Paid Mods In Skyrim: Is This The End Of Modding As We Know It?

Paid mods in Skyrim roll out today in a controversial new Steam Workshop program.

Beginning today, a new Steam Workshop feature allows modders to charge for their Skyrim creations. This is a huge change from what we’ve all become accustomed to as far as mods go. Sure, modders have always had the option to ask for donations to help support the time and effort it takes to create new mods, items, and maps. But in it’s purest form, modding has always been about the love of the game.

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Paid Mods In Skyrim

In its promotional write-up for the new program, Steam explains:

Whether you’re just getting started or are already a professional artist or developer, now you can make money from your creations in the Steam Workshop.

Starting with The Elder Scrolls V: Skyrim, you can make new cosmetic items, sound packs, custom skins, fancy houses, epic quests, entire new cities, or just a new hat for Lydia. Once you’ve made your creation, you can easily set a price and earn a portion of each sale made through the Steam Workshop.

Skyrim is the first game being introduced to the new pay-for-play modding program, but Steam promises more Workshop games in the future. Skyrim has a huge modding community, over 24,000 fan-created mods on Steam, and tremendous support from Bethesda. Is it any wonder then that paid mods in Skyrim are being rolled out first?

It’s important to note that not all mods in Skyrim will cost money (the price is up to the creator). Steam promises that you’ll still be able to find lots of freebies. That said, if you want to purchase a mod on the Workshop, you can:

  1. Try any mod risk free,
  2. Get a refund within 24 hours of purchase if the mod doesn’t work as promised.

Modding has always been an activity indulged by fans passionate about the game. With Steam’s new program, hobbyists can now make a little something for their efforts and earn money for something they love. Paid mods in Skyrim will allow fans to help support authors who make top shelf content, possibly spurring the creation of better mods with improved features and support. Monetization of mobile apps is commonplace in the Apple App Store and Google Play after all, and the business model seems to be working quite well.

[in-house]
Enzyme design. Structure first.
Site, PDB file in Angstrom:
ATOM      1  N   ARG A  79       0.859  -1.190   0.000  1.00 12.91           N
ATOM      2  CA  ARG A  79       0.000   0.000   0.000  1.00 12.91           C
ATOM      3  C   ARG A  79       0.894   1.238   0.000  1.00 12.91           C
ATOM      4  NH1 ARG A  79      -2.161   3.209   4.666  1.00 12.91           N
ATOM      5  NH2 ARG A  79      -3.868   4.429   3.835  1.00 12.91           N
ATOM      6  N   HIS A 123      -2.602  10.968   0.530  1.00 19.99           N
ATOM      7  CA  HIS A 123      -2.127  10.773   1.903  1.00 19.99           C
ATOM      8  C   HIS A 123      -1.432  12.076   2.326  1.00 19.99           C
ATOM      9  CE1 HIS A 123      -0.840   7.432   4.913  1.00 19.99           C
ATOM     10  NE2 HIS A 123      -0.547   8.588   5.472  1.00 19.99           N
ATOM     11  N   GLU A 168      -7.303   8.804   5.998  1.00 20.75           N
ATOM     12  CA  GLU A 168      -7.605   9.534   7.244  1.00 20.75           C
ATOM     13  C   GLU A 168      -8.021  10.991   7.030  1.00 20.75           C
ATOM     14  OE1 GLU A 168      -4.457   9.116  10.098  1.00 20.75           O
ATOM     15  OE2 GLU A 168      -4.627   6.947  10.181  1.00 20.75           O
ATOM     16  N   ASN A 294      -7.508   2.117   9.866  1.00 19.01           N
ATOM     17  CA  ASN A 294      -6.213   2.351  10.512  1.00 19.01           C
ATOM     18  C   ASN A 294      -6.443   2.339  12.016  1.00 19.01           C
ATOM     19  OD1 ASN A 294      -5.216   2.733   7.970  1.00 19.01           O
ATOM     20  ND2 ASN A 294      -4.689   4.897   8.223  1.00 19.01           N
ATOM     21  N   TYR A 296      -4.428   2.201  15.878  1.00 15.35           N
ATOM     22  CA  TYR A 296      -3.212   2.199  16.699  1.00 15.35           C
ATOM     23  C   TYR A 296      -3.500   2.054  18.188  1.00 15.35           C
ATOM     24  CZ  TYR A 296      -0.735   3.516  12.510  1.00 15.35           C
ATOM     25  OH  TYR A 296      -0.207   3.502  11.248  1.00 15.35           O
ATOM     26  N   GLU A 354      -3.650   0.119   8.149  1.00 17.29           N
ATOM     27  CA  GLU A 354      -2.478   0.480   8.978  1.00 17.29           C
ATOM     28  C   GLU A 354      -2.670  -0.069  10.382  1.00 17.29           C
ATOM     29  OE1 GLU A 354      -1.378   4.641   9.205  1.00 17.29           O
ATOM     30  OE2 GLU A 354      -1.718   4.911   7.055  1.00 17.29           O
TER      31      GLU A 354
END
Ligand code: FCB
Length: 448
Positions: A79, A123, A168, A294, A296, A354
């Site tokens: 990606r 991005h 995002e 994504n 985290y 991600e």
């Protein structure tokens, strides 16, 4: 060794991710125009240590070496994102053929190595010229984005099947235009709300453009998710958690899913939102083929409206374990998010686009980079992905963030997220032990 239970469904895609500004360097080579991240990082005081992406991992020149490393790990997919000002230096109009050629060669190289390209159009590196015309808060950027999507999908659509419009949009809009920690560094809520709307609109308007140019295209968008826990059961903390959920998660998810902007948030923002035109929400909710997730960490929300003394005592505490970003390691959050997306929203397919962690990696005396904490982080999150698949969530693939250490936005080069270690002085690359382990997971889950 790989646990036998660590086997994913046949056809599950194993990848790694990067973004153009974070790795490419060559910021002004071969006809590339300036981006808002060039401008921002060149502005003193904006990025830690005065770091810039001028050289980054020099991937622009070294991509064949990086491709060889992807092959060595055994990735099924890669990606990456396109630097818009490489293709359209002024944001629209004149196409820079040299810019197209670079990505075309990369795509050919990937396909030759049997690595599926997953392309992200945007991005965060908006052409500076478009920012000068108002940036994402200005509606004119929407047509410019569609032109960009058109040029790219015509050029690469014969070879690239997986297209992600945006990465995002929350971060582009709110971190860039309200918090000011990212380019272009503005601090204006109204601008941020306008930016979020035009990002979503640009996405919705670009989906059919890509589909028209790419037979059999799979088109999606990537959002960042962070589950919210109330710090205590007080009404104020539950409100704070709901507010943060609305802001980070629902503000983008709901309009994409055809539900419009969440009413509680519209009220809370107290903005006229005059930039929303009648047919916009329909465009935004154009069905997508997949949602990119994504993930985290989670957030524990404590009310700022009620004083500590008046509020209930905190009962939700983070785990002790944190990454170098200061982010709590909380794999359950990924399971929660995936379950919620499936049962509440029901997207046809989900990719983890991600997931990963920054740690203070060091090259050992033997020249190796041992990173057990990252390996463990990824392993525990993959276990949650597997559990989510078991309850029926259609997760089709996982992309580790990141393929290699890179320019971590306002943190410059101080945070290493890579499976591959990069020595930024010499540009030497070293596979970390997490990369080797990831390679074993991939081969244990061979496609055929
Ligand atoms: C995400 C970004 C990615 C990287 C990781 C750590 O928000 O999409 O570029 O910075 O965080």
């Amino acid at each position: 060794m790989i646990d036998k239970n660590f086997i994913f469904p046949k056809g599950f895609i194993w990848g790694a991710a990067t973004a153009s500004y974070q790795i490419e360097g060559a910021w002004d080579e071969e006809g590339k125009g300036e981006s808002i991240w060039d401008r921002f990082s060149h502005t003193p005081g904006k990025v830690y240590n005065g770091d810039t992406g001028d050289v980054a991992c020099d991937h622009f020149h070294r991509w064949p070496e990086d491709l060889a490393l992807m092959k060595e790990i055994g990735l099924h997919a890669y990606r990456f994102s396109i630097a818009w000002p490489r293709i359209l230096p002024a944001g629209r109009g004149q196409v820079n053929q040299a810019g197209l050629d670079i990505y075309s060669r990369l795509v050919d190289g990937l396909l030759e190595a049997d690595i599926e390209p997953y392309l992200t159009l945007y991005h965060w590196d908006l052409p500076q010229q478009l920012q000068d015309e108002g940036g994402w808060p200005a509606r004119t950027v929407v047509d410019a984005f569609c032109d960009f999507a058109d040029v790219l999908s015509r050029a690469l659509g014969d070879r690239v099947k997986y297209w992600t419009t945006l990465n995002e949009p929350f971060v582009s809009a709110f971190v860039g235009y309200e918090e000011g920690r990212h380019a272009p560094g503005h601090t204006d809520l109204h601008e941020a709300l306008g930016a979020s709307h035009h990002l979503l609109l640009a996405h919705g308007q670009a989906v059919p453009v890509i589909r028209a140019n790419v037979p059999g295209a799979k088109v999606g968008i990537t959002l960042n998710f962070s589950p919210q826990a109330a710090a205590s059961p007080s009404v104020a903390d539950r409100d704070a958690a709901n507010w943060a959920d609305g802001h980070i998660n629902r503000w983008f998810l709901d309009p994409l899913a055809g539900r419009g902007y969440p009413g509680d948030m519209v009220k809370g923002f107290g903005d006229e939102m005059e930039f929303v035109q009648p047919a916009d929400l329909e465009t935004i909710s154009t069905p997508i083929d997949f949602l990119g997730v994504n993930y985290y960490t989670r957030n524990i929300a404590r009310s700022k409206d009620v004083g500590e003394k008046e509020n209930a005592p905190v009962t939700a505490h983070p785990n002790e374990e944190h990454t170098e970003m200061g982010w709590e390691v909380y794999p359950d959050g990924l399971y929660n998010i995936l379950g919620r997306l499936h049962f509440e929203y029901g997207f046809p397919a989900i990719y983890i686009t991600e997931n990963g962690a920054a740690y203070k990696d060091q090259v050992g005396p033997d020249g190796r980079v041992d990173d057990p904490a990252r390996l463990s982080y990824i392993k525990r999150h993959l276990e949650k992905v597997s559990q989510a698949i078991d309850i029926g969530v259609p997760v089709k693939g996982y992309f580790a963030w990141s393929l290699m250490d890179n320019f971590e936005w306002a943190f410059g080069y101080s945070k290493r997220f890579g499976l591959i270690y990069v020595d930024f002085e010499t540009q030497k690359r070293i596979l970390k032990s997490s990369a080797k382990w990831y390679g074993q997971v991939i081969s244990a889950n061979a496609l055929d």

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Like it or not, there’s something offensive about paid mods in Skyrim. The entire program seems to feed into the whole corporate money-grubbing structure becoming all too routine in the video game industry (DRM anyone?).

Modding is an art form, a way to connect with other impassioned gamers. By putting a price tag on the experience, modding just becomes another way to nickel and dime fans who are already sick and tired of being nickel and dimed. Besides, modders will only receive a paltry 25% of the money from the sale of their mods. The remaining 75% will go to feed the corporate constructions of Valve and Bethesda.

Not unexpectedly, paid mods in Skyrim has started a rebellion of sorts. Outraged gamers are letting their voices be heard on the Steam Forums, Reddit, and on a petition that is quickly gaining momentum. Not everyone is against program to be sure, but it’s safe to say that modding as we know it has irrevocably been changed. Time will tell whether or not this change is for the betterment of gaming, but for now there’s a lot of rage.

So what do you think? Do you feel that paid mods in Skyrim are a good thing or bad? Do you see yourself paying for mods for your favorite video games, or has modding become tainted in your view? Share your thoughts and opinions in the Speak Your Mind section below. Skyrim Fansite readers want to know what you have to say regarding this important development.

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Shane Scarbrough
Shane Scarbrough

Shane Scarbrough is the founder of the Skyrim Fansite. He's a business owner, video game journalist, and role playing game aficionado. When he's not working he enjoys reading, writing, and playing video games. He's currently on his third playthrough of Skyrim, and is playing as a Templar in The Elder Scrolls Online. You can find Shane on Google+ and FaceBook.

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9 years ago

yes with money involved the will be law suits left and right and will eventually hurt modding because less will be made.people will sue each other over mods if they are similar.keep it simple keep it valve is doing this to make money off of half life 3 mods. and will sue over any ones they make.think about it.

Shane Scarbrough
Shane Scarbrough
Reply to  hvd2222
9 years ago

Good observation about lawsuits. It’s already starting to get messy: